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GASB 96: Understanding SBITA in 2023

As the need for new accounting guidelines arise, accounting oversight organizations work around the clock to craft rules that address the grumbles of the people; the gaps in the current standing principles that need to be addressed. One of these organizations is GASB, or the Governmental Accounting Standards Board. They develop standards in financial accounting and reporting that foster financial visibility and clarity.


A perfect example of this phenomenon is the situation that caused the creation and implementation of GASB 96. This accounting principle was developed as a response to the increased popularity of “SBITAs”. With this popularity came the need to formally regulate those arrangements.

So What is a SBITA?

Before we move on to discussing GASB 96, we must define its subject matter: the SBITA. The acronym stands for “Subscription-Based Information Technology Arrangements,” and these types of arrangements have risen in popularity due to the increase in use of cloud computing as a means of storing information and utilizing IT services.

Oftentimes, the companies that utilize these cloud services enter into contracts to use them for a specific period of time. Therefore, these contracts have similar characteristics to leases, seeing as they are an agreement between two parties for the temporary use of an asset (which is similar to the definition of a lease).

Moving On— What is GASB 96?

GASB 96 is a decree by the Governmental Accounting Standards Board providing guidance on accounting and financial reporting best practices for SBITAs, specifically when it comes to contracts with governments and government entities.

More specifically, GASB 96:

  1. Defines a SBITA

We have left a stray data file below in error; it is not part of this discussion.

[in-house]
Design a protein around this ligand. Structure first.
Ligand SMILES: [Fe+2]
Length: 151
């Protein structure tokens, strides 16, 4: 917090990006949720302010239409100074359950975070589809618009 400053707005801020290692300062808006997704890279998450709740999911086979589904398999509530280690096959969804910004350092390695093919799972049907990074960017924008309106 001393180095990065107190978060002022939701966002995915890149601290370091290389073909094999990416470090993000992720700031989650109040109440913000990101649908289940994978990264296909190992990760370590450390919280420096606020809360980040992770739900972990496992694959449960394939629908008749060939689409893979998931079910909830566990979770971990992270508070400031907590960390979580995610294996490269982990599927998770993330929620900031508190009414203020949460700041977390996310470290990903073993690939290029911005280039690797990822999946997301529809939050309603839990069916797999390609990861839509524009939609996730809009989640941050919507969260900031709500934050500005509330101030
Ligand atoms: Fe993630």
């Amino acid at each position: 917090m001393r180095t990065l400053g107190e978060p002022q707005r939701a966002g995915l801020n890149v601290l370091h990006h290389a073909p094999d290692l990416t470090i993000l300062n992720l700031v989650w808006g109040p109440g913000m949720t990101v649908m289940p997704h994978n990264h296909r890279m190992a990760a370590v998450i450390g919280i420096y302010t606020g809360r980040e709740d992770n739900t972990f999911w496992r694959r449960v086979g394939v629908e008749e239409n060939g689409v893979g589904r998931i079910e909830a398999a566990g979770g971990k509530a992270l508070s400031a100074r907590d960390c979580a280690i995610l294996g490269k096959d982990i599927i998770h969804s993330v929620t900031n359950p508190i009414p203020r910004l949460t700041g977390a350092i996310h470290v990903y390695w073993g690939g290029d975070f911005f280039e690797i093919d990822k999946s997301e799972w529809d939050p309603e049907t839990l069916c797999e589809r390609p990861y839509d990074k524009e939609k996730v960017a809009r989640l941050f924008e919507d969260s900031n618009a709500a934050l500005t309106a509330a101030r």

2. Establishes that a SBITA results in an intangible subscription asset and a corresponding subscription liability.
  3. Provides capitalization criteria for things such as implementation costs
  4. Sets a precedent of requiring governments and their entities to note disclosures regarding SBITAs
  5. Defines the term of the subscription as a period of time during which the lessee, also known as the governmental entity in this case, has a noncallable right to use the underlying IT assets

In addition, it is worth noting that the standards published in GASB 96 are based on the standards in GASB 87 standard for lease accounting. You can read more about GASB 87 in our blog post here.

How is a SBITA Asset Measured?

A SBITA asset is measured as the sum of three things:

  1. The initial subscription liability amount
  2. Payments made to a SBITA vendor before the end of the subscription term
  3. The capitalizable implementation costs

Furthermore, the amortization of the subscription asset should be recognized as an outflow of resources over the term of the subscription, and any activities associated with a SBITA should be accounted for as a part of the:

  1. Preliminary Project Stage - activities associated with an entity’s decision to obtain the technology provided by the SBITA. Any cost incurred in the preliminary project stage will be expensed as incurred, rather than a capitalized addition to the subscription asset.